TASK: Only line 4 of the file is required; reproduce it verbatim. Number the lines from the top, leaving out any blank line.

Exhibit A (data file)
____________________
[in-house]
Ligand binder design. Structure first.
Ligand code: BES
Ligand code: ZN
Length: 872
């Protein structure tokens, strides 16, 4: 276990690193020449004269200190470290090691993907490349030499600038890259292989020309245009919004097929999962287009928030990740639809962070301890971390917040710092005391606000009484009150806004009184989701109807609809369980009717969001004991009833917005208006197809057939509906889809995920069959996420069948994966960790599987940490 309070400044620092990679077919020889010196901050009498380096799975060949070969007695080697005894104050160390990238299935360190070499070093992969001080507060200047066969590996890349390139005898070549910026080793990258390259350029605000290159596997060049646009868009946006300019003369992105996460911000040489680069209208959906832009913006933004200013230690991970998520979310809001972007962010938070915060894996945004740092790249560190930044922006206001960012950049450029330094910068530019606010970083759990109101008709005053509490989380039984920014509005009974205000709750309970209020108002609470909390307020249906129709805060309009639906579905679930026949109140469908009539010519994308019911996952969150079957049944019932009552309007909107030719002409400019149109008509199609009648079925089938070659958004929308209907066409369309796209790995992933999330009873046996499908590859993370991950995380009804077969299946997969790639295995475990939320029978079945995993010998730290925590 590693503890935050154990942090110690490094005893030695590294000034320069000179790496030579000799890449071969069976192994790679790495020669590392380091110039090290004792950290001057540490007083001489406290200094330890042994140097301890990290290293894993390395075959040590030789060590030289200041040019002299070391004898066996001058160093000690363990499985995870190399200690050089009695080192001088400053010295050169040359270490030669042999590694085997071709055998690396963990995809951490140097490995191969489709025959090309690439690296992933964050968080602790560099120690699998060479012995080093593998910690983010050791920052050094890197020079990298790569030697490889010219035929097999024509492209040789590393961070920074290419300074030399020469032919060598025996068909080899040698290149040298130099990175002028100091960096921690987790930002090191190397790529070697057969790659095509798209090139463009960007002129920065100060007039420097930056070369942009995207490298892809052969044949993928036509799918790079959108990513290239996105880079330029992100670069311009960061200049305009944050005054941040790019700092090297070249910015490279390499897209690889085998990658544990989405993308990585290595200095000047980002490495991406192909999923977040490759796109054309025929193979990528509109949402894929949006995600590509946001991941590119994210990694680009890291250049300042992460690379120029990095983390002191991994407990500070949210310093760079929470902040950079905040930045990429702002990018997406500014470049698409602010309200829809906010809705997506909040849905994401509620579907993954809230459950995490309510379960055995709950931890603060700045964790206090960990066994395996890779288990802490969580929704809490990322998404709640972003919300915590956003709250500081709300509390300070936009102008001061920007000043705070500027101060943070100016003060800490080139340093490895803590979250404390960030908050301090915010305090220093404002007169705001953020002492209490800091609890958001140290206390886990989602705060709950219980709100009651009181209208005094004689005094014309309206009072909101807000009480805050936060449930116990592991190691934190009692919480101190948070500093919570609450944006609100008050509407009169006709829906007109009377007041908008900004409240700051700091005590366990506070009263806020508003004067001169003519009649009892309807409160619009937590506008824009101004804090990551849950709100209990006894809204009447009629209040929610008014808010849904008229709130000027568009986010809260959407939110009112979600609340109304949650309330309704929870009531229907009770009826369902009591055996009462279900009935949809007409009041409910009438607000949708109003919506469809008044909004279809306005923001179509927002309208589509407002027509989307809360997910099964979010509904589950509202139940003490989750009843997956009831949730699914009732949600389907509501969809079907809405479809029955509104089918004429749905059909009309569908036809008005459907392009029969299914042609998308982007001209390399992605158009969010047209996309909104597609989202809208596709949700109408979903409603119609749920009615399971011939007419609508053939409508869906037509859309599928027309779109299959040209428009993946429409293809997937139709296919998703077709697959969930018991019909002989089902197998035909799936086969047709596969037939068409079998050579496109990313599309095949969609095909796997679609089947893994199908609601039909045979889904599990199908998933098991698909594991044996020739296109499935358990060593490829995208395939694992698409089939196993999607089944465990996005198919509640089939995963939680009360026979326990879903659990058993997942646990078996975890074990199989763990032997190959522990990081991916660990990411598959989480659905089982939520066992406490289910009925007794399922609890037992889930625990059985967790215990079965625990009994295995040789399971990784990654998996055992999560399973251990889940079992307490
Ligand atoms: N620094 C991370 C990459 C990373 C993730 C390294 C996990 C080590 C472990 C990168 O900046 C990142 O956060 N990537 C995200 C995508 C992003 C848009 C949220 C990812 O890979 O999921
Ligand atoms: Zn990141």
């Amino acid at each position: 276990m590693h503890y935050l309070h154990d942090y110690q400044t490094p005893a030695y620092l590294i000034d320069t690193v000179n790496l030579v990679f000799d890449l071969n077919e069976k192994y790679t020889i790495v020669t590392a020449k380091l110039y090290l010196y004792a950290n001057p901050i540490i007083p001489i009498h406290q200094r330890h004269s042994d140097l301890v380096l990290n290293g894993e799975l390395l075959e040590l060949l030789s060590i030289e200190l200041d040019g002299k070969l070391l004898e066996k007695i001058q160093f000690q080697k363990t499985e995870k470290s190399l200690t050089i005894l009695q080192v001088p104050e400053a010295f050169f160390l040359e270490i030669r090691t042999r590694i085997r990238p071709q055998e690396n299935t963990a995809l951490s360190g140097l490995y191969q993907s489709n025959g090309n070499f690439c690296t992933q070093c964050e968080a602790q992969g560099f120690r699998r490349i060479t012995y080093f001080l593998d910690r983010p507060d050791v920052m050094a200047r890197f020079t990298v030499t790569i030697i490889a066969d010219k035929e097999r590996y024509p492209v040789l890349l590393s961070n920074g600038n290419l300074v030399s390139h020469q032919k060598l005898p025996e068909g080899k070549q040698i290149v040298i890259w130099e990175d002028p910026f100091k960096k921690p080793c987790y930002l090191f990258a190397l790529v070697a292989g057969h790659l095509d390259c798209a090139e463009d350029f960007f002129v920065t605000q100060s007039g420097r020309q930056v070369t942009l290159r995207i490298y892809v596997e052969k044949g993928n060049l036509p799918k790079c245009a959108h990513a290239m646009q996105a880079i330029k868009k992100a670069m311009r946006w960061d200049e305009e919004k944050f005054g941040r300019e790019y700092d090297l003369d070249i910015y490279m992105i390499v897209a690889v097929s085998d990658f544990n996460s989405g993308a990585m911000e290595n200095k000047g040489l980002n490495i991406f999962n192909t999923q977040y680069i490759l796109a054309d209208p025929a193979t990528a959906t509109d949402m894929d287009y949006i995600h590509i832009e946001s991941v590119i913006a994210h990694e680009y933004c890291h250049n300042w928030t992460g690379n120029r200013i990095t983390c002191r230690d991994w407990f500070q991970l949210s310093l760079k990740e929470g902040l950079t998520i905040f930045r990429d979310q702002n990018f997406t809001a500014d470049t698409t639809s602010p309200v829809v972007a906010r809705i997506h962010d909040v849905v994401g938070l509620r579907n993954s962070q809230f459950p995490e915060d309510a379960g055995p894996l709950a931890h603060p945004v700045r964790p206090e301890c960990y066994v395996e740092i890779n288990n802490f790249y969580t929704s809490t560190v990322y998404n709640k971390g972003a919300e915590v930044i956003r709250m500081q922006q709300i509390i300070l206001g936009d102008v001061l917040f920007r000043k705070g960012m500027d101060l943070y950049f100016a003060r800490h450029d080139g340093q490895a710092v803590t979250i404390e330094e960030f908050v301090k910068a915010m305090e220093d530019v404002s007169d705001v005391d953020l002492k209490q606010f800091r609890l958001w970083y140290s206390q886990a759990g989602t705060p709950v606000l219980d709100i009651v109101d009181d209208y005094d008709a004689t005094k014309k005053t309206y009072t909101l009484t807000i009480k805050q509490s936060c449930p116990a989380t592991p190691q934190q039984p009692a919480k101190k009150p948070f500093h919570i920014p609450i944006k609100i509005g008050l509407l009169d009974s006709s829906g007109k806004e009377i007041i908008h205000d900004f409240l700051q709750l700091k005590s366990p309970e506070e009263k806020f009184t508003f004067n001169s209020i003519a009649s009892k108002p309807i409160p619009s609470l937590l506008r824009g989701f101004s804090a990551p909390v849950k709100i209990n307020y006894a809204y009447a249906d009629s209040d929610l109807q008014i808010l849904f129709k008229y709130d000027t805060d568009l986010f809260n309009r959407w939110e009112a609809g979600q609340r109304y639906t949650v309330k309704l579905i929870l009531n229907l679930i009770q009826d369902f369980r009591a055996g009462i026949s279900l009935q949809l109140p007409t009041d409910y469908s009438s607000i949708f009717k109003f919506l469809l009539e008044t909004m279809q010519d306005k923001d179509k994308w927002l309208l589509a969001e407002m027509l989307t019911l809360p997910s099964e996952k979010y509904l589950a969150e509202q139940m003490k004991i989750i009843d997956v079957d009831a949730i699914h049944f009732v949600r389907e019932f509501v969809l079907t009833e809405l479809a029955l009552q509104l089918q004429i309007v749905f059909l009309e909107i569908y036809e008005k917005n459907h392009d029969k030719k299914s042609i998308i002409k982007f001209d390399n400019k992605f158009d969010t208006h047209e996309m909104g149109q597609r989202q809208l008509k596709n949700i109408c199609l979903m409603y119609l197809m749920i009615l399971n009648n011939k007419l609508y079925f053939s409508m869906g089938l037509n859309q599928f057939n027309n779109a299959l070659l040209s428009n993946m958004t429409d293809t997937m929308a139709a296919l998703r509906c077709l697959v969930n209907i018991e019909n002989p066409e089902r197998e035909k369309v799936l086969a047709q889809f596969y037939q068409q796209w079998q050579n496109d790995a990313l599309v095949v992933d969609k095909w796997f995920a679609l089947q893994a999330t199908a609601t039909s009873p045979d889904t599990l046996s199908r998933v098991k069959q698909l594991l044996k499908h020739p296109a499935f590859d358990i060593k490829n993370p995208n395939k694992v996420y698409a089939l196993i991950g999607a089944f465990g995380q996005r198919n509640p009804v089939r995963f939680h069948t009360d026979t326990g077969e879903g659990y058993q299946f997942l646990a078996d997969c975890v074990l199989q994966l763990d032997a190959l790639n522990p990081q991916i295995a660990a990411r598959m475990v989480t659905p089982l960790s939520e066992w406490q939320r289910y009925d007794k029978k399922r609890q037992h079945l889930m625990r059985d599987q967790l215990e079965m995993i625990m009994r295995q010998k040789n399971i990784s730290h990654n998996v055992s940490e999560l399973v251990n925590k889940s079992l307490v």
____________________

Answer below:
Ligand code: ZN